Rich Paxson

4.4 In the Discussion Forum of this unit, share ways in which you have noticed the content, questions or insights from the previous session showing up in your lives

“What is baptism?” Discussion around this topic absorbed about half of last Sunday’s book study in the hour between the eight and ten o’clock services at our small Episcopal parish. This fall we’re studying: ‘Born of Water, Born of Spirit: Supporting the Ministry of the Baptized in Small Congregations,’ by Sheryl A. Kujawa-Holbrook and Fredrica Harris-Thompsett. http://amzn.to/2eFvkR1

Most of our group of seven thought of baptism as an event, something that happens to an infant, not an ongoing life experience akin to the shift from being formed primarily by the social other to being reborn into the leading of the Other other.

A lifelong process where at times the Spirit may drag us ‘through a bush backward,’ as James has written. Or, on other occasions, the Spirit may flood our senses with the beauty of the world ‘Just Now,’ or with a sense of our bond to those we are encountering ‘Just Now.’ For me, both experiences testify to the Spirit’s baptizing presence – yesterday, today and tomorrow.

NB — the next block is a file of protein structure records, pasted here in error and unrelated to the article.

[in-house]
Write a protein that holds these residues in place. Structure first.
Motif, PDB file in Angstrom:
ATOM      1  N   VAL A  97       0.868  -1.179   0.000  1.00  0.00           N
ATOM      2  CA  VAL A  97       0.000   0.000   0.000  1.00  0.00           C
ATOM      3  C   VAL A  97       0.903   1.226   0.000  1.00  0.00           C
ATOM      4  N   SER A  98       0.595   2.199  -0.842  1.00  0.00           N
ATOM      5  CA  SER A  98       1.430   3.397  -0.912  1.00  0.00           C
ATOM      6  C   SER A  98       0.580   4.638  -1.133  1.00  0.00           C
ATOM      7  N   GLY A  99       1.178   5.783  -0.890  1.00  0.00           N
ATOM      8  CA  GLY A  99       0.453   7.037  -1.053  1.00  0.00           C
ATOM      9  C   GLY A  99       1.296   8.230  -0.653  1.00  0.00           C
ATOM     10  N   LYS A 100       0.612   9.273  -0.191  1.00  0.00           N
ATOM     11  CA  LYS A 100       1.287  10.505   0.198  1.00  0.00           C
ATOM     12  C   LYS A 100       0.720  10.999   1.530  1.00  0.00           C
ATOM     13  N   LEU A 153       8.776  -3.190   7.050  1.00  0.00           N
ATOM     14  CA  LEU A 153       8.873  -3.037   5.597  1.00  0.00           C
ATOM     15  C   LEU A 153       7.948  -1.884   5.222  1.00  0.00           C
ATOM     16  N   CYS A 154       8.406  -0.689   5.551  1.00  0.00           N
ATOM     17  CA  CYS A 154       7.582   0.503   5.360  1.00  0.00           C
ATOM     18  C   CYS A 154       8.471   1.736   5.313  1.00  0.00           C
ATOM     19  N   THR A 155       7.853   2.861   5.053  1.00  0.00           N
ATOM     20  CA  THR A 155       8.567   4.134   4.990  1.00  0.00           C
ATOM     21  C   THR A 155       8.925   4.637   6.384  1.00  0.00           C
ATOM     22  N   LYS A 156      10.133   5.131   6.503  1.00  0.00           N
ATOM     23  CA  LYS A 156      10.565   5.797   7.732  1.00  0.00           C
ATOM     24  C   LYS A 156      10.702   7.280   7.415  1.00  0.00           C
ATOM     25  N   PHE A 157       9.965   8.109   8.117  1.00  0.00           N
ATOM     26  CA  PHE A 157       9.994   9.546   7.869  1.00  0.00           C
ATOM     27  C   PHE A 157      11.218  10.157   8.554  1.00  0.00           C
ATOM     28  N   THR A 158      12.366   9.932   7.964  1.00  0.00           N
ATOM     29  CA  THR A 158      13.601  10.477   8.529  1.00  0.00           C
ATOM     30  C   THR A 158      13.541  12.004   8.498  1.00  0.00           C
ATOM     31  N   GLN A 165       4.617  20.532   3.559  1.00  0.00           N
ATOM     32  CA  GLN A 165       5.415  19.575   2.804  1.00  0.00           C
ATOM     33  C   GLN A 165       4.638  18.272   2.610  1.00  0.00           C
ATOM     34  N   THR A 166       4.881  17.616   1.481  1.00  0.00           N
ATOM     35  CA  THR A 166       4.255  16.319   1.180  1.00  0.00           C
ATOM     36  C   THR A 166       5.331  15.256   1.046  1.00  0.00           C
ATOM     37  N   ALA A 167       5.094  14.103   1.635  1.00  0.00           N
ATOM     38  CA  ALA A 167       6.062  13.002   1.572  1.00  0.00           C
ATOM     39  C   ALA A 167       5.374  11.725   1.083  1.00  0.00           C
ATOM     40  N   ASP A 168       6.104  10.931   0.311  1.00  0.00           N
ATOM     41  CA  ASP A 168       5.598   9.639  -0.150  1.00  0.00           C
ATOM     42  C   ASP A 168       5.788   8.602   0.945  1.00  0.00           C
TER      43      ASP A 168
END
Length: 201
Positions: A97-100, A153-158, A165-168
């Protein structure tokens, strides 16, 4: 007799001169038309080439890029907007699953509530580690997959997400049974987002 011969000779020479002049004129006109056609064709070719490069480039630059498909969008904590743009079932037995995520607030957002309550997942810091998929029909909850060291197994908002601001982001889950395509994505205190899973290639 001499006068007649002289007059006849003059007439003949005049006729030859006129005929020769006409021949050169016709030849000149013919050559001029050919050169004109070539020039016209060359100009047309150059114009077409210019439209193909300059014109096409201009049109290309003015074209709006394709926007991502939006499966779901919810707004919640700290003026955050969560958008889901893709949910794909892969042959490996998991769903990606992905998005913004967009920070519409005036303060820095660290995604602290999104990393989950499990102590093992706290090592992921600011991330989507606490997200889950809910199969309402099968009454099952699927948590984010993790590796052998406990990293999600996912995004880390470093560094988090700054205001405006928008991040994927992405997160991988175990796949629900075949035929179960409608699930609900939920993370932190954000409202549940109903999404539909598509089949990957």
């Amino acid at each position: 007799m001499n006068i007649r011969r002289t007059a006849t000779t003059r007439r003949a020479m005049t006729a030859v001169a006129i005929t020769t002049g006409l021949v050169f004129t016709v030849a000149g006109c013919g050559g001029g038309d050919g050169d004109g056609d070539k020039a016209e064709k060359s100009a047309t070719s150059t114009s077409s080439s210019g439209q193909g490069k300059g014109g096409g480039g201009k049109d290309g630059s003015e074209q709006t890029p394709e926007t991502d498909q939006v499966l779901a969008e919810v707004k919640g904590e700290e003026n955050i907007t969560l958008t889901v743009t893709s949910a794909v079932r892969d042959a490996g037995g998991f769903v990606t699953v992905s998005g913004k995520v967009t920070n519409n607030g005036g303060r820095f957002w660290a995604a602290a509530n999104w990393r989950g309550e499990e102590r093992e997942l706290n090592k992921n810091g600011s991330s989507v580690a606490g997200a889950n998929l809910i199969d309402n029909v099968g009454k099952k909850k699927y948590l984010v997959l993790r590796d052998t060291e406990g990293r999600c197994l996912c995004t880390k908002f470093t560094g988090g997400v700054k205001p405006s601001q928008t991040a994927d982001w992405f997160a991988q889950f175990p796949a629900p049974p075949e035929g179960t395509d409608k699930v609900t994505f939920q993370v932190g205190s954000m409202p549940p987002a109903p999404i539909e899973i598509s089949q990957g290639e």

It’s hard to share ideas like those in the above paragraphs in a fifty-minute book study. I tried not to be pedantic by using the image of a drop of black ink infusing a glass of clear water. The ink drop falls into the water. Initially, the dark ink contrasts sharply with its clear surroundings. Soon, however, the ink spreads throughout the glass transferring its tincture into all of the water.

The sacrament of baptism corresponds to the drop of ink hitting the water in the glass, which represents a person’s life. It takes a lifetime for the ink to permeate the whole glass – to suffuse all of the life’s experience. The analogy agrees with the Other other’s atoning movement toward humanity in the ardent desire of infusing all of our personal choices and all of our life’s comportment.